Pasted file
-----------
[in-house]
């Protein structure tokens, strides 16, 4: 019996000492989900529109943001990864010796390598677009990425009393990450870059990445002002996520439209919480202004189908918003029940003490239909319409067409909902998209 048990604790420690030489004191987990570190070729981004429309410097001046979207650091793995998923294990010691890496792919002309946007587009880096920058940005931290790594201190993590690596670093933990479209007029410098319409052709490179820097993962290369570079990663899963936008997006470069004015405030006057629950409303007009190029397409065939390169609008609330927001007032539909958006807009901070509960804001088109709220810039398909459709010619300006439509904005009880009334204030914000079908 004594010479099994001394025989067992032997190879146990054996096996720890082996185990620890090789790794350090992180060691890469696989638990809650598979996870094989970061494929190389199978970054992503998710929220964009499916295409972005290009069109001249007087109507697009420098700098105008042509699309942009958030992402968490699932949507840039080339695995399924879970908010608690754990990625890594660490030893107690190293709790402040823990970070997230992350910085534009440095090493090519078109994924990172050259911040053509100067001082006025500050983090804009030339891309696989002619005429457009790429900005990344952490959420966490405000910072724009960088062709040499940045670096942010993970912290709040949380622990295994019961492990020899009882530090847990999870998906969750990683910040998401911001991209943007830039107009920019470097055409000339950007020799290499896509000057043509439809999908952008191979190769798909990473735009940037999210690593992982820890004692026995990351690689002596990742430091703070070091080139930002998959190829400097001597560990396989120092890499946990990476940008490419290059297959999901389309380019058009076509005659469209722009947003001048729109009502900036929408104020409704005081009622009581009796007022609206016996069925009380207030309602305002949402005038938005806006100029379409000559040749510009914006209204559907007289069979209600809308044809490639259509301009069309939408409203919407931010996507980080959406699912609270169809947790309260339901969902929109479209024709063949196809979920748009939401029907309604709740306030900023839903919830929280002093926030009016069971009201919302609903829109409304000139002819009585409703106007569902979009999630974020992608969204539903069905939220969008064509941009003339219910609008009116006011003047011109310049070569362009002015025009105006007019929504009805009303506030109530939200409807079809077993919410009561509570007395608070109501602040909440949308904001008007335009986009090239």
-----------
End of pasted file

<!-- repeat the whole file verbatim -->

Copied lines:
[in-house]
């Protein structure tokens, strides 16, 4: 019996000492989900529109943001990864010796390598677009990425009393990450870059990445002002996520439209919480202004189908918003029940003490239909319409067409909902998209 048990604790420690030489004191987990570190070729981004429309410097001046979207650091793995998923294990010691890496792919002309946007587009880096920058940005931290790594201190993590690596670093933990479209007029410098319409052709490179820097993962290369570079990663899963936008997006470069004015405030006057629950409303007009190029397409065939390169609008609330927001007032539909958006807009901070509960804001088109709220810039398909459709010619300006439509904005009880009334204030914000079908 004594010479099994001394025989067992032997190879146990054996096996720890082996185990620890090789790794350090992180060691890469696989638990809650598979996870094989970061494929190389199978970054992503998710929220964009499916295409972005290009069109001249007087109507697009420098700098105008042509699309942009958030992402968490699932949507840039080339695995399924879970908010608690754990990625890594660490030893107690190293709790402040823990970070997230992350910085534009440095090493090519078109994924990172050259911040053509100067001082006025500050983090804009030339891309696989002619005429457009790429900005990344952490959420966490405000910072724009960088062709040499940045670096942010993970912290709040949380622990295994019961492990020899009882530090847990999870998906969750990683910040998401911001991209943007830039107009920019470097055409000339950007020799290499896509000057043509439809999908952008191979190769798909990473735009940037999210690593992982820890004692026995990351690689002596990742430091703070070091080139930002998959190829400097001597560990396989120092890499946990990476940008490419290059297959999901389309380019058009076509005659469209722009947003001048729109009502900036929408104020409704005081009622009581009796007022609206016996069925009380207030309602305002949402005038938005806006100029379409000559040749510009914006209204559907007289069979209600809308044809490639259509301009069309939408409203919407931010996507980080959406699912609270169809947790309260339901969902929109479209024709063949196809979920748009939401029907309604709740306030900023839903919830929280002093926030009016069971009201919302609903829109409304000139002819009585409703106007569902979009999630974020992608969204539903069905939220969008064509941009003339219910609008009116006011003047011109310049070569362009002015025009105006007019929504009805009303506030109530939200409807079809077993919410009561509570007395608070109501602040909440949308904001008007335009986009090239």